Closing on sales before or after the new year: Four issues to weigh

When deciding whether to close before or after the new year, sellers should look at their recent gains and losses, coming income changes and timeframe.

The winter holiday season can be an advantageous time to sell real estate in New York, due to the limited number of other sellers and the high level of motivation that buyers often have during this season. However, these seasonal sales can introduce the difficult question of whether to close before or after the year ends. This decision often requires careful consideration of several factors that are unique to the seller.

1. Current year sales

The outcome of any real estate sales that a person made earlier in the year may help dictate which closing date is more appropriate. People who suffered losses from sales during the current calendar year may benefit from closing prior to the new year, as this allows the profit from the latest sale to be partially or fully offset by the prior capital loss. In contrast, people who have enjoyed a profitable year may benefit from closing in the next year, when future losses could help reduce the capital gains tax.

2. Increases in income

Anticipated changes in income can also help a person decide whether it is advisable to close on a property sale before or after the calendar year ends. For example, if a person is expecting a raise, bonus or other form of additional income, she or he may want to complete the sale before the end of the year. This ensures that, if the person moves into a higher tax bracket, he or she does not have to pay a larger capital gains tax on the property sale.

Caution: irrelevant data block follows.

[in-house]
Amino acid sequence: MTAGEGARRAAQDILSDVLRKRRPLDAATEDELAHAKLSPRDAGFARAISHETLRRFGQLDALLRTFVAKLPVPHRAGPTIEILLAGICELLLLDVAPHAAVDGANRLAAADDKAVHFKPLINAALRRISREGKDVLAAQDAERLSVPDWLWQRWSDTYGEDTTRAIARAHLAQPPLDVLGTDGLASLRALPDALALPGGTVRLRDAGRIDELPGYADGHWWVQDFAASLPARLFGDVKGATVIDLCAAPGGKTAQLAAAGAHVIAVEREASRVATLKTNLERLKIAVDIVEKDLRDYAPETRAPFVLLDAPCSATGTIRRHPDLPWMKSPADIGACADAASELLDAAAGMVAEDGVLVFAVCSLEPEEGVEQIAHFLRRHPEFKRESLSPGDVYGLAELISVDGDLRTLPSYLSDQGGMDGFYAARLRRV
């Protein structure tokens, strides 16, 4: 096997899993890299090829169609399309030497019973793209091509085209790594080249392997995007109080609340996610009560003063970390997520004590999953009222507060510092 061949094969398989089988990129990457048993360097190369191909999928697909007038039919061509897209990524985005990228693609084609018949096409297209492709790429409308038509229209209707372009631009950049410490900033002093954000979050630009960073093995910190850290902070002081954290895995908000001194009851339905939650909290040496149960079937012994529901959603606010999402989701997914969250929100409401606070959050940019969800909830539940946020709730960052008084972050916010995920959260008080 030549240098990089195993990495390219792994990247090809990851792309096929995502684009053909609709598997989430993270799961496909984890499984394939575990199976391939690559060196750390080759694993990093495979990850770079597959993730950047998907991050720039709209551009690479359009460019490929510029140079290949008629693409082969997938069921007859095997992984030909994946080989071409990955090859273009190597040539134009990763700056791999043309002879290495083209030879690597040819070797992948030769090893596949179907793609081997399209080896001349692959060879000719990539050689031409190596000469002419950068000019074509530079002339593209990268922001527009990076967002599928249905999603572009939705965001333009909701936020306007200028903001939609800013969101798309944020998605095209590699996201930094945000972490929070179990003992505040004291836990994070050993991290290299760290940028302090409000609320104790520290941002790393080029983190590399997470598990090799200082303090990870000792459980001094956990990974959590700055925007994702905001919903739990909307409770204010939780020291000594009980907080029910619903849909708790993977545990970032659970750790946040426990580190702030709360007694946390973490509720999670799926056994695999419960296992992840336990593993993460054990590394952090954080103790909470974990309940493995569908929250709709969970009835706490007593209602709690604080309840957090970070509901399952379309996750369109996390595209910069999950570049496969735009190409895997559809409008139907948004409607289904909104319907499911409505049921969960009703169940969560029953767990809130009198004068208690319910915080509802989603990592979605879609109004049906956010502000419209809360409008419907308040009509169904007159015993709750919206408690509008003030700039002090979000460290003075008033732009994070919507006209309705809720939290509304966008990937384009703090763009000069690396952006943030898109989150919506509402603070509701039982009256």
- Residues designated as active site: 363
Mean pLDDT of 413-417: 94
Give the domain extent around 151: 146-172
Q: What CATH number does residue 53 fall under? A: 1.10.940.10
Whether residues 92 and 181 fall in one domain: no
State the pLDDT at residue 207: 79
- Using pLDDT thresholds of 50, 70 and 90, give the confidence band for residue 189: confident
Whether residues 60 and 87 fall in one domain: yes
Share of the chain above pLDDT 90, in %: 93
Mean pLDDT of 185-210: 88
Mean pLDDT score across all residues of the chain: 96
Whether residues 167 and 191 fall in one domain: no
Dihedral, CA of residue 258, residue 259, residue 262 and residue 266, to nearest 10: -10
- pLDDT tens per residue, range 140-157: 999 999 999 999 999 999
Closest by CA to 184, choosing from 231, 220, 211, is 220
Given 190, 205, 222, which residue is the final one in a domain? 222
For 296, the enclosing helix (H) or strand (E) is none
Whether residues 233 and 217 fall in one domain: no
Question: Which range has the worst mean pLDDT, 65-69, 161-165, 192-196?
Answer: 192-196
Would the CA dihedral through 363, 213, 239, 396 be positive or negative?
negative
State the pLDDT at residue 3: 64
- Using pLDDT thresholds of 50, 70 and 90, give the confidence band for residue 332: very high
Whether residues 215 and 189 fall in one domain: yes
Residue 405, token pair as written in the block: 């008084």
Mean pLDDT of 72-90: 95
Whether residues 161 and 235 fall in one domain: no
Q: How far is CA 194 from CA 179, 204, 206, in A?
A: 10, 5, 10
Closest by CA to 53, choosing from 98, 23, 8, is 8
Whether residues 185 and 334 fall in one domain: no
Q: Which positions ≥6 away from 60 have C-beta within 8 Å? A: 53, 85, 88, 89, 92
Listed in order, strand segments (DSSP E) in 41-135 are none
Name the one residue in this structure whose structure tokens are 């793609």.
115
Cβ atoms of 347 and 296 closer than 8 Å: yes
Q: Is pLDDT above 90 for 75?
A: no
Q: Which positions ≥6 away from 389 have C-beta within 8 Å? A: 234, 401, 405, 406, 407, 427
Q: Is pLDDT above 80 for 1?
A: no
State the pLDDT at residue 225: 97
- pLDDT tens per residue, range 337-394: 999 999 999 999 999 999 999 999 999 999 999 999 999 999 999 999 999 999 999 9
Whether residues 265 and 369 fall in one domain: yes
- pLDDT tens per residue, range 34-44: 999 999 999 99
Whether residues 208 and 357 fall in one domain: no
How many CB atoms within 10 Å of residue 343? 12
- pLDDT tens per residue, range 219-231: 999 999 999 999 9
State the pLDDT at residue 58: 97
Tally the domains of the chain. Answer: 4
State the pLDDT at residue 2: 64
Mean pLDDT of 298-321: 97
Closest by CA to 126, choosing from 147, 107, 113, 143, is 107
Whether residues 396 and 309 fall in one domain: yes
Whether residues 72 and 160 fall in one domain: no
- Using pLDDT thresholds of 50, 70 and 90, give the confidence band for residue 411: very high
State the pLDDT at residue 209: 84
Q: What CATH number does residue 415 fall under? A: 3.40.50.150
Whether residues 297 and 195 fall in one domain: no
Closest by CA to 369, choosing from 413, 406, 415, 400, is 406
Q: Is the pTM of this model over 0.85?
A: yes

3. Timing considerations

People who are concerned with completing a sale relatively quickly may benefit from aiming to close before the new year. Frequently, buyers may be interested in closing before the year ends so that they can deduct certain expenses, such as mortgage interest and real estate taxes, during the following year. After the new year begins, buyers may not approach the transaction with as much urgency.

4. Loss recovery

In cases when an unprofitable sale cannot be avoided, completing the real estate closing by the end of the calendar year can be beneficial, as it lets the seller take advantage of the tax breaks associated with the loss earlier. Waiting until the next year to close leaves a person with higher tax liability, which may be burdensome depending on the scale of the recent losses.

Identifying the ideal time to complete a property sale or other real estate transaction can be difficult, as this often requires a comprehensive look at a person's finances and long-term objectives. For this reason, most sellers can benefit from working with an attorney who has experience in real estate transactions and tax planning to find the optimal course of action.